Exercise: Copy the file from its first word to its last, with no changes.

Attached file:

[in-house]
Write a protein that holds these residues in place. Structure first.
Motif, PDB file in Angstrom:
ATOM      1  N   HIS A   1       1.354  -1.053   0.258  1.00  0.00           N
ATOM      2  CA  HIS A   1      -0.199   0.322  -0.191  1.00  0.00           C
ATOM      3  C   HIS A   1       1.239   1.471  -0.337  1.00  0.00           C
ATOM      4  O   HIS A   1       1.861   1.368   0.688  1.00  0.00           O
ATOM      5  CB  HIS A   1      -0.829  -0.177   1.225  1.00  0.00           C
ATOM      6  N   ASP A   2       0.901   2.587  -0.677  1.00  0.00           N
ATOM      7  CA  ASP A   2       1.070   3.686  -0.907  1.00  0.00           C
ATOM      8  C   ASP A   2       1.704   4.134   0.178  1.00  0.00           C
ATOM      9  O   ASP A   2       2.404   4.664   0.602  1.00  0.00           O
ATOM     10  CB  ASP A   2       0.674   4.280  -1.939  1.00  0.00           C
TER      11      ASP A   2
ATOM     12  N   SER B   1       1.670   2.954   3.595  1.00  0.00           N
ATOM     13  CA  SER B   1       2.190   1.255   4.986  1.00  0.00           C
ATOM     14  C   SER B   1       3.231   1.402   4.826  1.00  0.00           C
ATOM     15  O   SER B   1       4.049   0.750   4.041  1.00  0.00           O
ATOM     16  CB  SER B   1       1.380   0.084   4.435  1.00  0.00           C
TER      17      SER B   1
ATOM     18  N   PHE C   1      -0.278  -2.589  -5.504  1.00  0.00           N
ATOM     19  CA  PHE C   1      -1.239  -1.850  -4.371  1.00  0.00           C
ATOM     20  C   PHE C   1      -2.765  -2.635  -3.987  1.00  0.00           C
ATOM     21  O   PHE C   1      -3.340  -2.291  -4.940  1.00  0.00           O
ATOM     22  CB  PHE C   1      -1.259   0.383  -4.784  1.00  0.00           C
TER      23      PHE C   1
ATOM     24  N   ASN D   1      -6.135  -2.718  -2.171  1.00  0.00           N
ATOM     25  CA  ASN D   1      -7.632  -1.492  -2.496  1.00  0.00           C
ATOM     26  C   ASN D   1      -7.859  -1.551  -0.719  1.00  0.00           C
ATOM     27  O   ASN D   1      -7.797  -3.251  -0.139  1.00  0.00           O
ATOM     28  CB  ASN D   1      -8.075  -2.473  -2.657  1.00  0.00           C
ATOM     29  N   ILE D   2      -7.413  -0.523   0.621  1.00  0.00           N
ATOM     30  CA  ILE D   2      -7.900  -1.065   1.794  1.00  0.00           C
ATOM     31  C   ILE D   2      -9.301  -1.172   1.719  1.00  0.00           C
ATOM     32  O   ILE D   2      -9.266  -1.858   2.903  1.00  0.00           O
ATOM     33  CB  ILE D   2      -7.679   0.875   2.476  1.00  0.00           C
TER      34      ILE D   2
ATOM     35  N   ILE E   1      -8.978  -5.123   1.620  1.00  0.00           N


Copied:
[in-house]
Write a protein that holds these residues in place. Structure first.
Motif, PDB file in Angstrom:
ATOM      1  N   HIS A   1       1.354  -1.053   0.258  1.00  0.00           N
ATOM      2  CA  HIS A   1      -0.199   0.322  -0.191  1.00  0.00           C
ATOM      3  C   HIS A   1       1.239   1.471  -0.337  1.00  0.00           C
ATOM      4  O   HIS A   1       1.861   1.368   0.688  1.00  0.00           O
ATOM      5  CB  HIS A   1      -0.829  -0.177   1.225  1.00  0.00           C
ATOM      6  N   ASP A   2       0.901   2.587  -0.677  1.00  0.00           N
ATOM      7  CA  ASP A   2       1.070   3.686  -0.907  1.00  0.00           C
ATOM      8  C   ASP A   2       1.704   4.134   0.178  1.00  0.00           C
ATOM      9  O   ASP A   2       2.404   4.664   0.602  1.00  0.00           O
ATOM     10  CB  ASP A   2       0.674   4.280  -1.939  1.00  0.00           C
TER      11      ASP A   2
ATOM     12  N   SER B   1       1.670   2.954   3.595  1.00  0.00           N
ATOM     13  CA  SER B   1       2.190   1.255   4.986  1.00  0.00           C
ATOM     14  C   SER B   1       3.231   1.402   4.826  1.00  0.00           C
ATOM     15  O   SER B   1       4.049   0.750   4.041  1.00  0.00           O
ATOM     16  CB  SER B   1       1.380   0.084   4.435  1.00  0.00           C
TER      17      SER B   1
ATOM     18  N   PHE C   1      -0.278  -2.589  -5.504  1.00  0.00           N
ATOM     19  CA  PHE C   1      -1.239  -1.850  -4.371  1.00  0.00           C
ATOM     20  C   PHE C   1      -2.765  -2.635  -3.987  1.00  0.00           C
ATOM     21  O   PHE C   1      -3.340  -2.291  -4.940  1.00  0.00           O
ATOM     22  CB  PHE C   1      -1.259   0.383  -4.784  1.00  0.00           C
TER      23      PHE C   1
ATOM     24  N   ASN D   1      -6.135  -2.718  -2.171  1.00  0.00           N
ATOM     25  CA  ASN D   1      -7.632  -1.492  -2.496  1.00  0.00           C
ATOM     26  C   ASN D   1      -7.859  -1.551  -0.719  1.00  0.00           C
ATOM     27  O   ASN D   1      -7.797  -3.251  -0.139  1.00  0.00           O
ATOM     28  CB  ASN D   1      -8.075  -2.473  -2.657  1.00  0.00           C
ATOM     29  N   ILE D   2      -7.413  -0.523   0.621  1.00  0.00           N
ATOM     30  CA  ILE D   2      -7.900  -1.065   1.794  1.00  0.00           C
ATOM     31  C   ILE D   2      -9.301  -1.172   1.719  1.00  0.00           C
ATOM     32  O   ILE D   2      -9.266  -1.858   2.903  1.00  0.00           O
ATOM     33  CB  ILE D   2      -7.679   0.875   2.476  1.00  0.00           C
TER      34      ILE D   2
ATOM     35  N   ILE E   1      -8.978  -5.123   1.620  1.00  0.00           N